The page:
Jicama, the root of a vine by the same name,
looks somewhat like a turnip and is a common ingredient in Mexican salads, including fruit salads. I've not been particularly fond of it.
The texture has reminded me of water chestnuts, which remind me of scraping fingernails across a chalkboard, with very little taste. I saw a jicama in the store recently and given the fact it is one of the 1001 Foods You Must Taste Before You Die I decided to purchase one and get more familiar with it.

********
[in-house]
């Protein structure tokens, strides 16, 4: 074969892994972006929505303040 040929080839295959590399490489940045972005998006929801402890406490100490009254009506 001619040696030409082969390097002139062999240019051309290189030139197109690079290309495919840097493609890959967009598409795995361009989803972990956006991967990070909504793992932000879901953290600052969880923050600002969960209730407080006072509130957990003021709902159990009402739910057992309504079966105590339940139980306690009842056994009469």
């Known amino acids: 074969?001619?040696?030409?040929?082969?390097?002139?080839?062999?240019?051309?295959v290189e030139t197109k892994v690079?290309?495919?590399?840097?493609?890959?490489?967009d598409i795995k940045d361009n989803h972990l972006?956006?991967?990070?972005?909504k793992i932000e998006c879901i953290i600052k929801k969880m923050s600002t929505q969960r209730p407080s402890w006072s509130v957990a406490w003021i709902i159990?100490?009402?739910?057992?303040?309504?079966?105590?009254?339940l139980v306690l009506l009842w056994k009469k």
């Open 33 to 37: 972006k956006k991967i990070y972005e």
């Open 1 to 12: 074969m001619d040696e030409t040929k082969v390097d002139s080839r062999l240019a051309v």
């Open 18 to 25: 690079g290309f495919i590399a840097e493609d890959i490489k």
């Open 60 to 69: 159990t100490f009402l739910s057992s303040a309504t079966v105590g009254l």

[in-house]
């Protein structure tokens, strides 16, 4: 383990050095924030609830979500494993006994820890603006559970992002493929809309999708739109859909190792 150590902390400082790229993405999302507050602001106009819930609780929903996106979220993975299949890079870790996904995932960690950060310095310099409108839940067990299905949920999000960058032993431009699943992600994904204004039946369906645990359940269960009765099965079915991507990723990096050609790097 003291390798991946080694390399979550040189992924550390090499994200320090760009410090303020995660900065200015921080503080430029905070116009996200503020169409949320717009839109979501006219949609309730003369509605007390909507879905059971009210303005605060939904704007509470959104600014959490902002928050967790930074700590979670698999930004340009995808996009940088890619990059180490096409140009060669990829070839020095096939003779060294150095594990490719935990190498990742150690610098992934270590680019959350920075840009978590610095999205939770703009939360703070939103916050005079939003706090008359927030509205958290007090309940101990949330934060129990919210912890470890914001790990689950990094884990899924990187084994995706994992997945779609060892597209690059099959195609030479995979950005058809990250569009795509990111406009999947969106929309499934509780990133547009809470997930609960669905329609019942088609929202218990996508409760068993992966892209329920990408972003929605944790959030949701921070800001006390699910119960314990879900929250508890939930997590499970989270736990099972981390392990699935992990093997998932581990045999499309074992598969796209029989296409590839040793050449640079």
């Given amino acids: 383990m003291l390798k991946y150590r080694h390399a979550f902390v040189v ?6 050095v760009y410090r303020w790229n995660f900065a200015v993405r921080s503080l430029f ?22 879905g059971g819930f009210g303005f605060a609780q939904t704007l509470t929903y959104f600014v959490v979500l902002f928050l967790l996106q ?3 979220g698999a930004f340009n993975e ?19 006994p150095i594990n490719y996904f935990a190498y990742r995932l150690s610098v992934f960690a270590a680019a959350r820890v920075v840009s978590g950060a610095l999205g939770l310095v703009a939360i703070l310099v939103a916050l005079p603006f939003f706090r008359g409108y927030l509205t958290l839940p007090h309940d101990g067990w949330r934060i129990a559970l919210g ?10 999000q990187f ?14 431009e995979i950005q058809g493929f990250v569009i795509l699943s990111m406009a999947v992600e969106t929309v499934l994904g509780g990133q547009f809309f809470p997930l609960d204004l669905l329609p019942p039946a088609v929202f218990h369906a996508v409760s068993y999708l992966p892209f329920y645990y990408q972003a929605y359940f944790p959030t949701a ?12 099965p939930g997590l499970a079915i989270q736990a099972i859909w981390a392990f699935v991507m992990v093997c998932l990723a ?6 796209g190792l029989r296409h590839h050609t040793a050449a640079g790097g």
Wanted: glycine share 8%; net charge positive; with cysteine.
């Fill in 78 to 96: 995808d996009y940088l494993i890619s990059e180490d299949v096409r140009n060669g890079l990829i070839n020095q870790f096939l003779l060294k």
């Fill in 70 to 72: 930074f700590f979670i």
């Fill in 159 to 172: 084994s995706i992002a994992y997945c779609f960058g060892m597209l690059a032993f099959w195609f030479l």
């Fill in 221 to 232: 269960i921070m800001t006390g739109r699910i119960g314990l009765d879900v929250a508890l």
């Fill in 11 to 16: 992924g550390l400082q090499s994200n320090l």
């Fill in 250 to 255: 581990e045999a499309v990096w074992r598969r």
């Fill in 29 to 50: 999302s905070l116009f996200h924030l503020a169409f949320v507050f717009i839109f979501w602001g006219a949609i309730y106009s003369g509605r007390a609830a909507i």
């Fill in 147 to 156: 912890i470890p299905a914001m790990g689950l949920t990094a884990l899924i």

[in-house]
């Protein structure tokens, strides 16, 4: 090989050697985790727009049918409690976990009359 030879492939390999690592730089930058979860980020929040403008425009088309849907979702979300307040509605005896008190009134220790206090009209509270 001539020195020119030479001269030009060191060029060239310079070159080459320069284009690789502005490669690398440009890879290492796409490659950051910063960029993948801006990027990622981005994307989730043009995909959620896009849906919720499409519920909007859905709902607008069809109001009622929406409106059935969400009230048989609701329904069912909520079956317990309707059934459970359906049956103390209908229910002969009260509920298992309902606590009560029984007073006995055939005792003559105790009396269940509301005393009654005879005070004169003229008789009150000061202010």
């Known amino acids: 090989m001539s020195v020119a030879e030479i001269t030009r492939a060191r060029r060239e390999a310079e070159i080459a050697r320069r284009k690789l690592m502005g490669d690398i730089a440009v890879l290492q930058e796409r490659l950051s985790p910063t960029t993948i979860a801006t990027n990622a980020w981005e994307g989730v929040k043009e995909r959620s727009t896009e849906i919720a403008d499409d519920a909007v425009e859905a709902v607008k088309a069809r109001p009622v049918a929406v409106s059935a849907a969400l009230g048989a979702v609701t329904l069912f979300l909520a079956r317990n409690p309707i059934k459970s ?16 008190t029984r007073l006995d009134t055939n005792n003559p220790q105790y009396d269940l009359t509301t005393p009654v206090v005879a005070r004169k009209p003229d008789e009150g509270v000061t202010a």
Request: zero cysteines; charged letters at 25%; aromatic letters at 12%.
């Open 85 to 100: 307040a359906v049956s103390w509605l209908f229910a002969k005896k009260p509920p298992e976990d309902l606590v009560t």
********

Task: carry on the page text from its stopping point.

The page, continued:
It is native to Mexico and Central America, but it is becoming more common in Asian food. In Mexican food it is usually eaten raw, with a little lime juice, salt or cayenne pepper.
I was quite surprised by what I found. The texture is very similar to an Asian pear, very crisp, but a little less juicy.
It was quite sweet and had a wonderful taste of sweet peas. It was fun to learn that it is a member of the legume family. 1001 states that it has the light sweetness of apple or pear, but the one we ate was definitely sweet pea and similar only to Asian pear in texture. Judy commented that it was the best jicama she's ever tasted and I agree. It gives me some incentive to try it again. I am now curious to know if we just got a particularly good one, if it does not age well (the reason for not being as good in restaurants), or perhaps a combination of both.